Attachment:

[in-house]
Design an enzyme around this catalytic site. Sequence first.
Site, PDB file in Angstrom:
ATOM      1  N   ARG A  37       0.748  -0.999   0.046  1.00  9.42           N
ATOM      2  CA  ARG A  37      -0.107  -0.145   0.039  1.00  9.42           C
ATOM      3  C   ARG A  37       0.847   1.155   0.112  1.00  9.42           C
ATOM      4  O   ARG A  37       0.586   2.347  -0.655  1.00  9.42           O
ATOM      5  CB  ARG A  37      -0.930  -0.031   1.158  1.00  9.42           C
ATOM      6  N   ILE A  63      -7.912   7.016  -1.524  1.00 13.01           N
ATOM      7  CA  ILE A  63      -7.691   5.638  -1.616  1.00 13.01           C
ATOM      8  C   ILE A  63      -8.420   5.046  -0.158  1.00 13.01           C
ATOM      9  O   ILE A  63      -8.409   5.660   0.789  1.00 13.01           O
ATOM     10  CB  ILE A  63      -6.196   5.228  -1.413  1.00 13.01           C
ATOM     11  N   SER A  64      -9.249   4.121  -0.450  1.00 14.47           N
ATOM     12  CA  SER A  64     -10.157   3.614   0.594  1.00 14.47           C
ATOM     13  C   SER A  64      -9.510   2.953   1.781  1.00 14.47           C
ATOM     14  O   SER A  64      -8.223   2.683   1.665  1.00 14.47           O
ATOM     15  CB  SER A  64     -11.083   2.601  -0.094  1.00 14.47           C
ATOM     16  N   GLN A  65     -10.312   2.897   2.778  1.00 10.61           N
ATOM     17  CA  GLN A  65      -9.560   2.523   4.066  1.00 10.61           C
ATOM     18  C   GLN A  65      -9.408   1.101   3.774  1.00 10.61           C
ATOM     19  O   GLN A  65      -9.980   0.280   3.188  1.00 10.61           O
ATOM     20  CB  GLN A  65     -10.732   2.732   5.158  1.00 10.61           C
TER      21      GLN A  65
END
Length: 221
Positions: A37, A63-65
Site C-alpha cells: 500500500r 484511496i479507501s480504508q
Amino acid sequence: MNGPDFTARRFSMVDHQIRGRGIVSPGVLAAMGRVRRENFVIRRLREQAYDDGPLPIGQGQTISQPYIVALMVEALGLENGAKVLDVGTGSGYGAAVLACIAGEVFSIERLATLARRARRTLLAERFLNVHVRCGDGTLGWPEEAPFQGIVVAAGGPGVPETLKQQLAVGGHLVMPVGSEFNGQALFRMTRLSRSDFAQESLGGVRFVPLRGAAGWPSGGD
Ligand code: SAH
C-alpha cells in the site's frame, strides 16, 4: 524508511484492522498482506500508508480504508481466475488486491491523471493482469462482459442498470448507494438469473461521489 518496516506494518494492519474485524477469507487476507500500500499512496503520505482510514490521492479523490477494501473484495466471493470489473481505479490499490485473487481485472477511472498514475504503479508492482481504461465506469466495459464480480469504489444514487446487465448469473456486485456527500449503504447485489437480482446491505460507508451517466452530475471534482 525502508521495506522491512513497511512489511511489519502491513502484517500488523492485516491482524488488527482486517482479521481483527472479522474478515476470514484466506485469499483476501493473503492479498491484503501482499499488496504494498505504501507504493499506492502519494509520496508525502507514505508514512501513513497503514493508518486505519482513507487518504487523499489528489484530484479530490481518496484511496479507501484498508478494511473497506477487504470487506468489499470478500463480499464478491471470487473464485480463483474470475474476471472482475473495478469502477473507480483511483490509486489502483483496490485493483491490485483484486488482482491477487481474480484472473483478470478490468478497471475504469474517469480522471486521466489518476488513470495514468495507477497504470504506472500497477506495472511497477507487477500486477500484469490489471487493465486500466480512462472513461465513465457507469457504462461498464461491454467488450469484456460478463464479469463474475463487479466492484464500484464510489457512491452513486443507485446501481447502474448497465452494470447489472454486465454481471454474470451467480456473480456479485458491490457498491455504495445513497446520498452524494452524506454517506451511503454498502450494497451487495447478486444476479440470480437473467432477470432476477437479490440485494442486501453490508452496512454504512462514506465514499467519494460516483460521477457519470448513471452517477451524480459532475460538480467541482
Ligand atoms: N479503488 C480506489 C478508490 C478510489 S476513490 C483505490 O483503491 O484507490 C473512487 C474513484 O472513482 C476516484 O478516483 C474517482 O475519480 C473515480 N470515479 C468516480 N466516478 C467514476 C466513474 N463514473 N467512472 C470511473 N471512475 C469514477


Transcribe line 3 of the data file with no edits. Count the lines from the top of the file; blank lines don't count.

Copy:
Site, PDB file in Angstrom: